The Commission noted that NSW will face a constrained budgetary position as the recovery from the COVID-19 pandemic progresses, asset recycling winds down, and pressures from a growing and ageing population increase. All levels of government will need to reconcile the need for fiscal repair with increasing demands for infrastructure.

In March 2021, the NSW Government confirmed it had accepted all 29 recommendations of the final report. A framework is expected to be established by 1 July 2022 and apply to new developer contributions plans and draft plans that have not yet been publicly exhibited.

The State Government is also planning to reform the rates system following a 2016 review by IPART.  As part of the reform process, the Government engaged the Centre for International Economics (CIE) to model the financial impacts of the Productivity Commission’s proposed reform package (December 2020), including the revenue projections from:

·             reform of the local government rate peg to enable rates revenue to grow in line with population.  Currently, the rate peg does not allow for any growth in line with population growth in each council area; and

·             adjustments to local infrastructure contributions to restrict the use of planning agreements, increase the threshold for some S7.12 levies and allow S7.11 contributions for development-contingent costs only.

In general, CIE’s results showed that under the combined set of reforms, councils will gain increased revenue from rates, but decreased revenue from infrastructure contributions, compared to what would be expected with current policy settings.   However, these findings are disputed as outlined below in this report.  Further, it is submitted that the use of rates to pay for infrastructure and facilities required by new development is fundamentally flawed and in direct conflict with the “user pays principle” under which contributions have historically been levied and would instead shift this cost burden to existing residents.

Infrastructure Contributions Bill

To progress the reforms to the infrastructure contributions system, the Government introduced the Environmental Planning and Assessment Amendment (Infrastructure Contributions) Bill 2021 to Parliament on 22 June 2021. However, due to extensive concerns raised about the impacts of the Bill, it has been separated from the other State budget bills and has been referred to an Upper House Committee for further inquiry. 

The Inquiry will gather evidence on the implications of each proposed amendment and determine the appropriateness of the proposed amendments towards enhancing the contributions system. Submissions to the Inquiry closed on 11 July 2021 and the Inquiry is required to report by 10 August 2021.  An extension of time was requested and has been granted until 15 July 2021 to enable Council to consider its position on the matter and make a submission.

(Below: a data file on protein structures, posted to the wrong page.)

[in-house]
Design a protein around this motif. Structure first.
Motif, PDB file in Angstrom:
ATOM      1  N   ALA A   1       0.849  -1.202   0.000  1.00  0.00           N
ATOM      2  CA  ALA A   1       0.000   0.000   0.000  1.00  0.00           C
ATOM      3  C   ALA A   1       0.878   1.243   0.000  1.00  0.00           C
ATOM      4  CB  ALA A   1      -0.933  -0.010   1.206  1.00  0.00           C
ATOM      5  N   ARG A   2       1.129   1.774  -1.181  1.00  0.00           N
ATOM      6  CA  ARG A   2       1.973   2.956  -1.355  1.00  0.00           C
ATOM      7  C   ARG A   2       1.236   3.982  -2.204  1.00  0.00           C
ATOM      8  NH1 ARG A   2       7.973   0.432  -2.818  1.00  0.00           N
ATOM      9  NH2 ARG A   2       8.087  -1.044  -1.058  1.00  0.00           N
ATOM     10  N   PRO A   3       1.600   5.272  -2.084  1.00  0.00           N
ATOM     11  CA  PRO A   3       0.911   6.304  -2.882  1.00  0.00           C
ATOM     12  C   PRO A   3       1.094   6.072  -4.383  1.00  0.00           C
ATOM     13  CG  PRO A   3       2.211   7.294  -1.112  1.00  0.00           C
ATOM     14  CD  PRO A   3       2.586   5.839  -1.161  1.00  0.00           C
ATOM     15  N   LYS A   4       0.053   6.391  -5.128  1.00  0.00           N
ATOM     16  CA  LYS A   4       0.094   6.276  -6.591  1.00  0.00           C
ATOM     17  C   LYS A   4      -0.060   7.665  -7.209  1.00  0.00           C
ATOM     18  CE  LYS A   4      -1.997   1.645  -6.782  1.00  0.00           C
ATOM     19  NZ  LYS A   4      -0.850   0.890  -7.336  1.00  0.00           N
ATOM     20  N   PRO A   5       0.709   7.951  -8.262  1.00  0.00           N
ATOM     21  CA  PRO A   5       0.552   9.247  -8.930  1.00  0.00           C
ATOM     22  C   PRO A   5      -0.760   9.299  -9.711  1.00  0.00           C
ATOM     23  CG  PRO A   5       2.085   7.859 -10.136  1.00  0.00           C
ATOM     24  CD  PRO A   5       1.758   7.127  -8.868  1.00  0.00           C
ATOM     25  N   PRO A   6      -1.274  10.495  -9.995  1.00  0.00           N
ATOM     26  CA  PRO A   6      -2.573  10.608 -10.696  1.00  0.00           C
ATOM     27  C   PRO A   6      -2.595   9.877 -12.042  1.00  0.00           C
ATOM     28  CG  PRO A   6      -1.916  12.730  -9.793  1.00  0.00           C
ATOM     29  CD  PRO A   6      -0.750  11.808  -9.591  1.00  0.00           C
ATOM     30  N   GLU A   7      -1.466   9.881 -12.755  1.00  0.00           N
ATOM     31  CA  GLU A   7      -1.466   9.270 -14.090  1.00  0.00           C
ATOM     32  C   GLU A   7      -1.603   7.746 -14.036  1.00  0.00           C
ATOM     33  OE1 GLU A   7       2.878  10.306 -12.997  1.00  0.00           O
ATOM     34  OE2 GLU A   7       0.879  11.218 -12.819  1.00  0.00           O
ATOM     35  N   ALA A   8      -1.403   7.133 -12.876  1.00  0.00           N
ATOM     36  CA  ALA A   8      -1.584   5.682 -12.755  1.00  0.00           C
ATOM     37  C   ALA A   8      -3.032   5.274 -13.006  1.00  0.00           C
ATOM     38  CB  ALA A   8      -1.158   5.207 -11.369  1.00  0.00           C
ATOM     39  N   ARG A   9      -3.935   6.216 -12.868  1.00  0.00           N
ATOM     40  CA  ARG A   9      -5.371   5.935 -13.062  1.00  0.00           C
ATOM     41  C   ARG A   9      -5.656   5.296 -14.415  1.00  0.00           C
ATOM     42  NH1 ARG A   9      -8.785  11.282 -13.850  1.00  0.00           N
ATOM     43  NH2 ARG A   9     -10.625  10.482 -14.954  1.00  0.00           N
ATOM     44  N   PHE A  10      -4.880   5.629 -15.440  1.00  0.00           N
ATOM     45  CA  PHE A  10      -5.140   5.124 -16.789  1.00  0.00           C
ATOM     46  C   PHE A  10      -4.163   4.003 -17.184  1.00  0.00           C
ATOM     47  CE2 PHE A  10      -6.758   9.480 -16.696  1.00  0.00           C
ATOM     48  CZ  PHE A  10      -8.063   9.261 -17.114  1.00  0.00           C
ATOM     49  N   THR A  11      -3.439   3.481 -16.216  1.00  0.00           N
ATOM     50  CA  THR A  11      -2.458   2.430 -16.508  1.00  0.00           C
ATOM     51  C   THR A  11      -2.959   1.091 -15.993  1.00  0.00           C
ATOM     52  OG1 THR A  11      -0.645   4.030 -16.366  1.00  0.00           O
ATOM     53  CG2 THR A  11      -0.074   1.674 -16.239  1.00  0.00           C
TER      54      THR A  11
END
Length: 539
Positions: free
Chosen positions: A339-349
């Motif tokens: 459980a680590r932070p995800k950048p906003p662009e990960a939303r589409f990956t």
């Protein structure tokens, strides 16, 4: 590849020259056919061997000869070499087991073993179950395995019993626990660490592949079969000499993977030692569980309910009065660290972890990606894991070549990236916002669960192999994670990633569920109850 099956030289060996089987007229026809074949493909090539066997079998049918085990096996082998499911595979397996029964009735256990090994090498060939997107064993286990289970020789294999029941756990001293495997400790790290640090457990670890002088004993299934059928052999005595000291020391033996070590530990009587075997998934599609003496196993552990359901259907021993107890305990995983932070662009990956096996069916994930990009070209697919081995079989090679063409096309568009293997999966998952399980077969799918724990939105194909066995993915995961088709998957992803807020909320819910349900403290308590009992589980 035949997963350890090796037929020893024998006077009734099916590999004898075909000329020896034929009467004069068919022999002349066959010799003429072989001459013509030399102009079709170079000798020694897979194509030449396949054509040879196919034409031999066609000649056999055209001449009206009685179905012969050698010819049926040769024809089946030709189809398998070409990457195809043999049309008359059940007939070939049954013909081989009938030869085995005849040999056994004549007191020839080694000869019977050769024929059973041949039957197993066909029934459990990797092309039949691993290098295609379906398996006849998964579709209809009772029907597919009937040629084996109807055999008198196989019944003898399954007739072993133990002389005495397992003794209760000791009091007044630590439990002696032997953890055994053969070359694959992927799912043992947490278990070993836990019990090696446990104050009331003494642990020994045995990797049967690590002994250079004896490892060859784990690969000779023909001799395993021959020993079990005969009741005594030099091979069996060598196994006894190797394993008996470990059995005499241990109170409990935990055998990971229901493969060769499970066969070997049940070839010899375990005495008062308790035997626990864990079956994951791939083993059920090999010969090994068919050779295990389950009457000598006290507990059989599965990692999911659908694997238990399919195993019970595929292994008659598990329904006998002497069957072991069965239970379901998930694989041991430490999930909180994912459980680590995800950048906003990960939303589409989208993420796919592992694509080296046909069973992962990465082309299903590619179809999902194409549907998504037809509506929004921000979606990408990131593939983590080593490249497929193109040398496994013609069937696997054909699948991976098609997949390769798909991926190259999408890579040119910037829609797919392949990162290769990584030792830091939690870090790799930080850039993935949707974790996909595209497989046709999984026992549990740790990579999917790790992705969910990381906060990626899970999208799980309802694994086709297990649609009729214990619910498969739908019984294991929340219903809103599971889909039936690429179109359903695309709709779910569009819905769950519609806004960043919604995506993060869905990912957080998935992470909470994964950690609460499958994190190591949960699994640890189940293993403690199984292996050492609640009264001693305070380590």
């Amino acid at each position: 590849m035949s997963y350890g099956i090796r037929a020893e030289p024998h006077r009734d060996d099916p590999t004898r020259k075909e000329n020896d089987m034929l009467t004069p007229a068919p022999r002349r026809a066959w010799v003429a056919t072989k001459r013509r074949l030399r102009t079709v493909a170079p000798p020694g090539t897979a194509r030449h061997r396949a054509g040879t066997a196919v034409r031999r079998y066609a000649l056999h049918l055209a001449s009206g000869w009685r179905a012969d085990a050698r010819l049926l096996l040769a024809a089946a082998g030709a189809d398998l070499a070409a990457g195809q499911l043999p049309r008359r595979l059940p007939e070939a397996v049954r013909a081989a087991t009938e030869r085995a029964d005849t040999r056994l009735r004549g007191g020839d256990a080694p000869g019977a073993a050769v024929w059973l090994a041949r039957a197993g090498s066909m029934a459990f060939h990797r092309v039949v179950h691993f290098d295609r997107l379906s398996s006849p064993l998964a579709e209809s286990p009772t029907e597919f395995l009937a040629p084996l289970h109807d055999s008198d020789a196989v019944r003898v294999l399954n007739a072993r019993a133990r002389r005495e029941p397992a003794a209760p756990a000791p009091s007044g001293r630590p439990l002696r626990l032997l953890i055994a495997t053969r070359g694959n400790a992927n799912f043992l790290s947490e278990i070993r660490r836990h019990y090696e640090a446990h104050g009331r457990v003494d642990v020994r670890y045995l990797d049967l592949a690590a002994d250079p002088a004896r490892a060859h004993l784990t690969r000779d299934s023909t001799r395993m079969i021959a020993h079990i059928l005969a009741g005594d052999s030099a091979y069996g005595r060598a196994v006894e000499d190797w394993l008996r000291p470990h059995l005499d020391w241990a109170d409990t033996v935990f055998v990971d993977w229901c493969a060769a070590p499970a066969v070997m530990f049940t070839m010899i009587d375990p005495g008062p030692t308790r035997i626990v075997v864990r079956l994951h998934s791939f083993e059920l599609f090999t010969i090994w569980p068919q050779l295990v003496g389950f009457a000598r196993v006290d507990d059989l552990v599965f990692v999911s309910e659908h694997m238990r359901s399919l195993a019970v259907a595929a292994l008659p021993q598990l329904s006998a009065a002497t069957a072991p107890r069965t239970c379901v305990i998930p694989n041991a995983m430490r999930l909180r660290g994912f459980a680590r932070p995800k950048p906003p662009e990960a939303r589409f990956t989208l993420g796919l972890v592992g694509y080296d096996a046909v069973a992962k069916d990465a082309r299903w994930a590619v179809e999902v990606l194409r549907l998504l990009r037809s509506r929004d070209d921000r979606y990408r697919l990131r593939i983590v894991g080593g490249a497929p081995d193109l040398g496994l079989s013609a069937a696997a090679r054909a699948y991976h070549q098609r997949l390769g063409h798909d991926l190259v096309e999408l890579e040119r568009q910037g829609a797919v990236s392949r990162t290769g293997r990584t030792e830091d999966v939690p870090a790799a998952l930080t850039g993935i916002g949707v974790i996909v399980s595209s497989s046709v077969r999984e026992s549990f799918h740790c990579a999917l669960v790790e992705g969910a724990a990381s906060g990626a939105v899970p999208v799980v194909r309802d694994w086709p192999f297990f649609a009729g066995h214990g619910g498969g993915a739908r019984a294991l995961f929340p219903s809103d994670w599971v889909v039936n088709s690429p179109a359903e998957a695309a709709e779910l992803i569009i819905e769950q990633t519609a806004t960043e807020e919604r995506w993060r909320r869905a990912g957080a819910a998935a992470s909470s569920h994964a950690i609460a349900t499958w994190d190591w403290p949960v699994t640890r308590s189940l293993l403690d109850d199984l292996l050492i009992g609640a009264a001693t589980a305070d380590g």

This report outlines the findings of a review of the contribution reforms by the Northern Sydney Region Organisation of Councils and outlines the implications of the proposed changes for Hornsby Shire.

NSROC Review

To assist evaluation of the proposed changes to the development contribution system, planning consultants, GLN Planning, were engaged by the Northern Sydney Region Organisation of Councils (NSROC) to undertake a holistic review of the reform impacts on member councils, including rate peg reform impacts.

It is essential that councils are not left worse off by the NSW Government’s infrastructure contributions reform agenda and the Government’s modelling indicates that the reforms will benefit councils.  However, the consultant’s modelling of what is known indicates a contrasting view.  The consultant’s modelling shows significantly reduced contributions income for most metropolitan councils with declines likely for both s7.11 contributions and s7.12 fixed-rate levy projected income levels.  The specific implications of the changes for Hornsby Shire are discussed below.

Section 7.11 Development Contributions Plan

The Hornsby Section 7.11 Development Contributions Plan 2020 - 2030 came into force on 3 August 2020 and applies to all new residential and commercial development including subdivision, new dwellings, seniors housing (excluding residential care facilities), retail premises, business and office premises. 

The Plan is largely based on providing additional services to cater for forecast growth within areas rezoned for higher density residential development as part of Council’s Housing Strategy to meet State Government obligations for housing provision.  To cater for anticipated growth, the Plan includes an extensive works schedule of road, local open space, recreational and community facilities projects with total costs over $340 million with $157 million of those costs to be levied from development contributions.  Of note, the works program includes significant funding for the delivery of the following projects:

·             Hornsby Park - $28 million

·             Westleigh Park embellishment - $16 million

·             Asquith Town Centre Public Domain Improvements - $13 million